- Monitor critical infrastructures like bridges, roads and tunnels, improving asset management. As above, a wireless transport monitoring OI solution means direct and constant communication between sensors with wireless nodes placed on critical assets and the operator’s central hub, where they are using the OI software to make evidence-based decisions. This allows for the real-time collection of data, and real-time responses to any deviations in the normal status of critical assets, if – for example – a crack appears in a road or a bridge appears to be moving. This way, operators can implement maintenance actions before any severe damage is done, preventing incidents and ensuring constant and immediate management of their assets over time.
- Track assets more effectively through:
- Real-time overviews/ visibility of key assets and infrastructures
- Incident detection
- Detecting traffic flow interruptions
- Aggregating incidents via, for example, Waze, Twitter, drivers’ apps, and operators’ own workforce apps, which allows drivers to be updated in real-time about incidents. In comparison to the manual tracking tools customarily used by agencies to carry out retro-plannings based on how previous incidents were managed, incident detection tools more effectively improve incident prediction and response-times, making overall operations more time- and cost-efficient.
- Prepare their business for the future. Very soon, critical mobile and static assets will be able to communicate with each other – for example, smart cars and trucks will communicate with smart bridges and tunnels. The need for technologies that will facilitate this connection will therefore only grow with time, and investing in the right solution now will place businesses ahead of the crowd regarding increasing asset connectivity.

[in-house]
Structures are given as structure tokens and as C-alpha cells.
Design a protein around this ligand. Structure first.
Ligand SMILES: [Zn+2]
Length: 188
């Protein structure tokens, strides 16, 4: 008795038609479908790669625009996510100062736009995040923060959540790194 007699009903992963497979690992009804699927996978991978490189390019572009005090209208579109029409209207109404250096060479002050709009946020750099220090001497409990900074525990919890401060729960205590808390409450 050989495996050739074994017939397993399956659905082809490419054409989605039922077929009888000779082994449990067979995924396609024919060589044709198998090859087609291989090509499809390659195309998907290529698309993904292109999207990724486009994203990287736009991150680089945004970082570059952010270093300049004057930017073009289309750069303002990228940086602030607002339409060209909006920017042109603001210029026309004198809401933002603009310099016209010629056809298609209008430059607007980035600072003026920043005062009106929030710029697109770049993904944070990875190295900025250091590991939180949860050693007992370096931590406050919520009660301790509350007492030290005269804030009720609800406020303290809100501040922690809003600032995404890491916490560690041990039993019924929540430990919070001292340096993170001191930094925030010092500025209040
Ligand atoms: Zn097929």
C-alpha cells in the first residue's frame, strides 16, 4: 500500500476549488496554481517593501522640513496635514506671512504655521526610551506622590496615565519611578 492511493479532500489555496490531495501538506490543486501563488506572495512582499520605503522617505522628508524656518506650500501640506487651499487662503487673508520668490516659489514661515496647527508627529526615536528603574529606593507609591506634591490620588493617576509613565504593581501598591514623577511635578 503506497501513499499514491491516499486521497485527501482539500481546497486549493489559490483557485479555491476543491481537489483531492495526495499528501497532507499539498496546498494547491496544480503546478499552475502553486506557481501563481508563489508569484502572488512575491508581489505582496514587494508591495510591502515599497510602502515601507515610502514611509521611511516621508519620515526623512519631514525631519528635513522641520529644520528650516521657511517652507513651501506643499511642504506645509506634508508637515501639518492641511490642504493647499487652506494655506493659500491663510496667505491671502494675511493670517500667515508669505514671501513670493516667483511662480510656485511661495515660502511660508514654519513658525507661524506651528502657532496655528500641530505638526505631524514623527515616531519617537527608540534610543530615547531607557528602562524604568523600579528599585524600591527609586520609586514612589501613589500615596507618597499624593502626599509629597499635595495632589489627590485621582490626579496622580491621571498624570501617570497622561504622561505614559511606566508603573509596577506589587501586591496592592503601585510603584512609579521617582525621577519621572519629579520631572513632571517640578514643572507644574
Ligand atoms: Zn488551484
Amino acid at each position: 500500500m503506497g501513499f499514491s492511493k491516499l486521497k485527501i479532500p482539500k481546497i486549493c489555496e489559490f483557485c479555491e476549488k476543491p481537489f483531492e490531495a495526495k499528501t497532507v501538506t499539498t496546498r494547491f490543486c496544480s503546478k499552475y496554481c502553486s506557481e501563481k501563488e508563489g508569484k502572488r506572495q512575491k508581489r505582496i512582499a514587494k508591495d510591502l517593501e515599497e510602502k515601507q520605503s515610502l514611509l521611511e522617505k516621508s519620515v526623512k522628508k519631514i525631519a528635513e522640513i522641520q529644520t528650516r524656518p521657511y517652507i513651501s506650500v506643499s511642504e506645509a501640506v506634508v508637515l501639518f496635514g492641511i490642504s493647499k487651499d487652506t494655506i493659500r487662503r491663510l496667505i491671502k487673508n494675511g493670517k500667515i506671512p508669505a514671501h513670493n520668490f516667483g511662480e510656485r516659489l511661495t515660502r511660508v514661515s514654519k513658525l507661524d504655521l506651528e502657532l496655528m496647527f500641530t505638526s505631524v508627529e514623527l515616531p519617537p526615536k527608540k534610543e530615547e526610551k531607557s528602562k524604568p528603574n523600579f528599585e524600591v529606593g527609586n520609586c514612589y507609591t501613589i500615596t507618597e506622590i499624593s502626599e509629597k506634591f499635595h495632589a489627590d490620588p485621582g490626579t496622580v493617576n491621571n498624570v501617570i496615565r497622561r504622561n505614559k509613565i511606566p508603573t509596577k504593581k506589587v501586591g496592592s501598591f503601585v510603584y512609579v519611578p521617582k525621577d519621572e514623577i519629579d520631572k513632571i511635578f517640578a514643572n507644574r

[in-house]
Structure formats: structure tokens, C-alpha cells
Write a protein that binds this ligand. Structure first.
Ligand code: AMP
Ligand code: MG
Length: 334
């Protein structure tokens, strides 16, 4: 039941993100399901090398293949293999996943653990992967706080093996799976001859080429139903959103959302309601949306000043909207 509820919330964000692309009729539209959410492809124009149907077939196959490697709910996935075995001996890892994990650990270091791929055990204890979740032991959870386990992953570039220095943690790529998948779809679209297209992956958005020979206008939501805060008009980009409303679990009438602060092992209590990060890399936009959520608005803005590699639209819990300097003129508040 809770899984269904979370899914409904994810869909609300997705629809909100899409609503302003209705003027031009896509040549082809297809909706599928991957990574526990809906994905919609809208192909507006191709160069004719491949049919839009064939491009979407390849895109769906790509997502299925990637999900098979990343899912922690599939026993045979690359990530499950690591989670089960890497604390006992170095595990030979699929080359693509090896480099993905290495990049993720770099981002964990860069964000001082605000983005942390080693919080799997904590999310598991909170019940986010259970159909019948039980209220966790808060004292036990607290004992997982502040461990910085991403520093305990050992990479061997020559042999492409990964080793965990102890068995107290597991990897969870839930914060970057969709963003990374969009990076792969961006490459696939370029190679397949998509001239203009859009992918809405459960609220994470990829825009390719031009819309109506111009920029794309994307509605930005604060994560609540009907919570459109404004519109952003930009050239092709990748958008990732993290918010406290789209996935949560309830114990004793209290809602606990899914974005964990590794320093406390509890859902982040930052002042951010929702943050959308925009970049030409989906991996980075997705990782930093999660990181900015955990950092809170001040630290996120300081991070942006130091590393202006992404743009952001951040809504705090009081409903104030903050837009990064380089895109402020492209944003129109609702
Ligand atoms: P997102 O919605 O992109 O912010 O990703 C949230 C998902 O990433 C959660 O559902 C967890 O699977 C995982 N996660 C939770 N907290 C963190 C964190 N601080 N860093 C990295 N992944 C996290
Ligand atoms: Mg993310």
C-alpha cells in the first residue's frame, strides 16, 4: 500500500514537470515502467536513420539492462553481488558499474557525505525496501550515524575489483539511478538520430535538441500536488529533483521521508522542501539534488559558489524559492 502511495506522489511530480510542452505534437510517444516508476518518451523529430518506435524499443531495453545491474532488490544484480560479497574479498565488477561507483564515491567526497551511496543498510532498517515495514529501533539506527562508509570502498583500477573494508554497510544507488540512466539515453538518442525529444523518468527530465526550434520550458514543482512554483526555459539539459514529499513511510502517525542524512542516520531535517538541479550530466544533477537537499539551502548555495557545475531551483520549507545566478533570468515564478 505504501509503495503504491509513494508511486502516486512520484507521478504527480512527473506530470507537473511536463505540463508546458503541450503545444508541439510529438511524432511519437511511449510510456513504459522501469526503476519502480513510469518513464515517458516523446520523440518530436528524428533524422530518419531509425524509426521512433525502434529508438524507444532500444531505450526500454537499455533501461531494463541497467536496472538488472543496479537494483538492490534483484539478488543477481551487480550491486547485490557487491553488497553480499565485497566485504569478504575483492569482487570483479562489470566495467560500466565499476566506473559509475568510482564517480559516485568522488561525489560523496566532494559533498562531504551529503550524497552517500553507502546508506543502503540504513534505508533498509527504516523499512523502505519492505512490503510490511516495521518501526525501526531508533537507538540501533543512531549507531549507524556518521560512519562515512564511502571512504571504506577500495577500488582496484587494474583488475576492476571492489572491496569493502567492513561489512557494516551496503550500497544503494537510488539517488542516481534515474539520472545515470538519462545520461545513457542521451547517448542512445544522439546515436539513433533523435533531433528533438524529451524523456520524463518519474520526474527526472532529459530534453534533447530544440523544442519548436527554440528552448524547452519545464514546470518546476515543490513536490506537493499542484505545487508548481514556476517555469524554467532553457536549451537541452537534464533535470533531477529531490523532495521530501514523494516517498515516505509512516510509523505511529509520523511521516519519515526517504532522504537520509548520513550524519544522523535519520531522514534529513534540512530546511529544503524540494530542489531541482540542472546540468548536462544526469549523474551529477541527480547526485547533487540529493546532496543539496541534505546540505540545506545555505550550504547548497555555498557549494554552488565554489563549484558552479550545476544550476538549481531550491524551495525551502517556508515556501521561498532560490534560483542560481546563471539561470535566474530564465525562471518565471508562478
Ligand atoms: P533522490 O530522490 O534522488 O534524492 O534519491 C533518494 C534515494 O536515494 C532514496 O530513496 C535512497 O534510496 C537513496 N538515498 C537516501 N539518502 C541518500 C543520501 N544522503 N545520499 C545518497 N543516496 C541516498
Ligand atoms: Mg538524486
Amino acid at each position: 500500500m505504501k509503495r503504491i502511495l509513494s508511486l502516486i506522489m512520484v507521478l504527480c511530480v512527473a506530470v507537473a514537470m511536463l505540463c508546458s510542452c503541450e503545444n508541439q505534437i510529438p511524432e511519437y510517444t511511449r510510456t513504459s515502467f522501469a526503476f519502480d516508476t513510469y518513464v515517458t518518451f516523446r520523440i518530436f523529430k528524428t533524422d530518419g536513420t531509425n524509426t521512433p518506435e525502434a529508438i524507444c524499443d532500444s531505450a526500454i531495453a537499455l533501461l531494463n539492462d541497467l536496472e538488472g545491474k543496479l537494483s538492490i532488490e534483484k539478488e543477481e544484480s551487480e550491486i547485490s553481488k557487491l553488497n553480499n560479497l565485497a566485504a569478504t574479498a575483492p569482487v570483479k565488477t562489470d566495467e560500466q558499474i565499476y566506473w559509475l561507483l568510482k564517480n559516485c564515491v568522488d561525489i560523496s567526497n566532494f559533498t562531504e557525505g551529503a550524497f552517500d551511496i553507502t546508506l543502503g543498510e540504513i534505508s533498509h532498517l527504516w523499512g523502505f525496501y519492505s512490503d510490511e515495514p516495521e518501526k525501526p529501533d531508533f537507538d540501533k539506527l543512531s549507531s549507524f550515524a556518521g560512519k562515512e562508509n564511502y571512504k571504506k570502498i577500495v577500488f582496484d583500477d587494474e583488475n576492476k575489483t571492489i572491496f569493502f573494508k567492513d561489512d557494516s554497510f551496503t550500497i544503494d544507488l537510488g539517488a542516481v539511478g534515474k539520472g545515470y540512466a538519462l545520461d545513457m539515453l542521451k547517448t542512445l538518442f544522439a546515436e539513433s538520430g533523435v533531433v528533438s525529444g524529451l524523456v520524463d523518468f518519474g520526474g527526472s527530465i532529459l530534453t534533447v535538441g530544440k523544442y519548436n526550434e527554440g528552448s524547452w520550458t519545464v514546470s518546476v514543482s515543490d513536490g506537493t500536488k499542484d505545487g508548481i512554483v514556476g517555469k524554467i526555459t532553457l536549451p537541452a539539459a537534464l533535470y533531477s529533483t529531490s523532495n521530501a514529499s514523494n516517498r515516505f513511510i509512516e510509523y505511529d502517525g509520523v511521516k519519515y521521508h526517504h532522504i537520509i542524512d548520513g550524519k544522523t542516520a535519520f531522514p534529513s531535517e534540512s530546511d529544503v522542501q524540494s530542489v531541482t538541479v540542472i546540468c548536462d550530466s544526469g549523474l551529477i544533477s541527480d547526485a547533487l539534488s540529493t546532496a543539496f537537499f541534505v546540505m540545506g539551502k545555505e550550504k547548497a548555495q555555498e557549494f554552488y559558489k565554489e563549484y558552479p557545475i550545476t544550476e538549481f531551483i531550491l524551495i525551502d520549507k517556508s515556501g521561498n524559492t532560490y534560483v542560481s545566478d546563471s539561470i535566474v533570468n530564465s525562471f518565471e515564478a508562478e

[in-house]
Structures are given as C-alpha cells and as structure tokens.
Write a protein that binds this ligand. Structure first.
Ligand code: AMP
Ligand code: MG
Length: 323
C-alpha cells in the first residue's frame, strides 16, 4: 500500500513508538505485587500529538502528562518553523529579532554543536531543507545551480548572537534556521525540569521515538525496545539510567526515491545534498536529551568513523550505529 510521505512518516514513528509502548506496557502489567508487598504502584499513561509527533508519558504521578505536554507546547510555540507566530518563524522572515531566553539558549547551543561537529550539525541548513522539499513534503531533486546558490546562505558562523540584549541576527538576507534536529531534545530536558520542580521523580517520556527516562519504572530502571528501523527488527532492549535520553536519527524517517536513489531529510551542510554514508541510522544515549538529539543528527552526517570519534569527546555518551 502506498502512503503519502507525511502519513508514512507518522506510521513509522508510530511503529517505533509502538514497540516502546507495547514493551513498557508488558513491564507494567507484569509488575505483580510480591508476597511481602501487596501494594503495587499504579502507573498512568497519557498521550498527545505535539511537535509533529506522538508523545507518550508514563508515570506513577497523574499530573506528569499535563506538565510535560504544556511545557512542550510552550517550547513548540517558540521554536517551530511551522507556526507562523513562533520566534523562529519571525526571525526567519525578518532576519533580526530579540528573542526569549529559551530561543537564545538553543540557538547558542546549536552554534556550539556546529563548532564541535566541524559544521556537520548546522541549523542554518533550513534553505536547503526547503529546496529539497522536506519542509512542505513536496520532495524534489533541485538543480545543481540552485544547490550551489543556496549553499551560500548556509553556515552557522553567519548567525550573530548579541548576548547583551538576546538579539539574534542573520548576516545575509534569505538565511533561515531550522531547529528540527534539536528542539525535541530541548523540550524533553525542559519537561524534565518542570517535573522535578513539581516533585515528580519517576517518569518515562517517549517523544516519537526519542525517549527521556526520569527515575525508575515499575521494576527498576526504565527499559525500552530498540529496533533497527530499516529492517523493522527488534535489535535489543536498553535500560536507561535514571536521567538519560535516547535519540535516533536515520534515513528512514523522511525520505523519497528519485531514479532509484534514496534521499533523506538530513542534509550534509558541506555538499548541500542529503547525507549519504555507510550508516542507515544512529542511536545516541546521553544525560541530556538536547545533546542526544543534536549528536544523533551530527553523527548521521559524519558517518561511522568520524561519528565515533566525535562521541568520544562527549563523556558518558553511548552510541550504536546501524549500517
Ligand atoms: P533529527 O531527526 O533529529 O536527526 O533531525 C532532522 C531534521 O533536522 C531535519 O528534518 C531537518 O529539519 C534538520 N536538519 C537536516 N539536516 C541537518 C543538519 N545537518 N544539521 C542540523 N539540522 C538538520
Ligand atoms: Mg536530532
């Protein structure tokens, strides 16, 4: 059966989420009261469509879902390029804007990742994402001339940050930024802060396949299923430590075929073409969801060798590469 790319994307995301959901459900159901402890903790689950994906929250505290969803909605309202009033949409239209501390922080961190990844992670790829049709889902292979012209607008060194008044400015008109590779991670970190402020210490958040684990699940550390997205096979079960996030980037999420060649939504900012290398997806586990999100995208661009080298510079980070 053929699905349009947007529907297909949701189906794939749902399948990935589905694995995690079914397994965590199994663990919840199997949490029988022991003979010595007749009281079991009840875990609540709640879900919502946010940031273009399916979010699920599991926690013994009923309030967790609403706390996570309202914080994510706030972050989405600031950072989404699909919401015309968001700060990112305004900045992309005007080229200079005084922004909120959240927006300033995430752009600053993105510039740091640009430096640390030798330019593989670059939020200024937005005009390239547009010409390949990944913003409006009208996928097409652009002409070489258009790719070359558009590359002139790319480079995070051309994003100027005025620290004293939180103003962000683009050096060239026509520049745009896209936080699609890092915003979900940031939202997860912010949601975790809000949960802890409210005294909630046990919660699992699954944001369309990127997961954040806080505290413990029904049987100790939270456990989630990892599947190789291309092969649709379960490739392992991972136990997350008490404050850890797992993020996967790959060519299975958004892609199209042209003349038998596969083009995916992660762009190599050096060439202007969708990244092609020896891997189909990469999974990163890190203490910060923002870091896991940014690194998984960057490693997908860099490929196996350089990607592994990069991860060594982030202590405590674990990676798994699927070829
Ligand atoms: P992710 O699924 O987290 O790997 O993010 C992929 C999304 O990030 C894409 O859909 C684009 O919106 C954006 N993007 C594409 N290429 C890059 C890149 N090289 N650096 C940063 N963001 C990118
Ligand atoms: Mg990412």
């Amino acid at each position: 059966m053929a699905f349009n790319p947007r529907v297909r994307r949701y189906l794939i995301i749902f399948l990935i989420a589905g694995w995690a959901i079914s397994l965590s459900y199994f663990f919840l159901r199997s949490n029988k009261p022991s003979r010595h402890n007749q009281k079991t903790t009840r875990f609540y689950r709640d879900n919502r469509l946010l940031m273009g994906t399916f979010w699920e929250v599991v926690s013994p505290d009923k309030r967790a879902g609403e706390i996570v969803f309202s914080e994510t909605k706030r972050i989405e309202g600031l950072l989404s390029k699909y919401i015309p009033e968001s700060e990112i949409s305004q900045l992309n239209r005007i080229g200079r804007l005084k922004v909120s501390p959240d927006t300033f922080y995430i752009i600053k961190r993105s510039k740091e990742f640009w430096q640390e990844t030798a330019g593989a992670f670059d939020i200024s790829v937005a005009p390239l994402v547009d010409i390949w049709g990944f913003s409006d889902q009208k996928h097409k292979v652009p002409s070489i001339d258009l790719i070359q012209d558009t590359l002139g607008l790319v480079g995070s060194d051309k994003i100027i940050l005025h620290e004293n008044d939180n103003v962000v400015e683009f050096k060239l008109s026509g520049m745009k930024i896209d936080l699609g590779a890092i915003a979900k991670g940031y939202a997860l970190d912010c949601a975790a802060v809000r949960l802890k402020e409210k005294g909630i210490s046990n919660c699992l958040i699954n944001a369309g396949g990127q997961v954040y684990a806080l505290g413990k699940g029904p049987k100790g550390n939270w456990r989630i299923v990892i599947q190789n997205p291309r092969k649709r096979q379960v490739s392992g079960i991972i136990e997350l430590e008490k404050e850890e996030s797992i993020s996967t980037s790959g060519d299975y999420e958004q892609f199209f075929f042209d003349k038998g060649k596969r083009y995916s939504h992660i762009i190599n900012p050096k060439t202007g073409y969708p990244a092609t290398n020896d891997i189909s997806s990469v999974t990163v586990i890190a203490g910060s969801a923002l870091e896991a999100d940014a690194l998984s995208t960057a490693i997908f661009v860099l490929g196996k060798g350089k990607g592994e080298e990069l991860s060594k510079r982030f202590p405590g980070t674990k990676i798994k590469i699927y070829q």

- Reduce and prevent congestion through:
- Knowing when and where congestion happens
- Predicting problems in advance in order to plan accordingly for them
- Managing tolled roads more effectively in order to offer a better experience to drivers (reduced travel times, smoother, quieter, safer etc.).
- Maximize revenues by providing:
- A comprehensive overview of the cost of toll collection
- An overview of revenues and insights into if these revenues are being generated correctly
- An overview of asset availability in real-time
- The ability to see if assets have been damaged by 3rd parties
- The ability to use dynamic pricing depending on demand (demand-response pricing)
- New ways to avoid high costs for managing claims and the capacity to reduce “red claims”, for example if someone damages their car due to a pothole, a rock hitting the windshield, or if the road markings are not visible
- Real-time operational KPI tracking
- Data which allows drivers, highway operators’ main target group, to make evidence-based decisions about routes etc.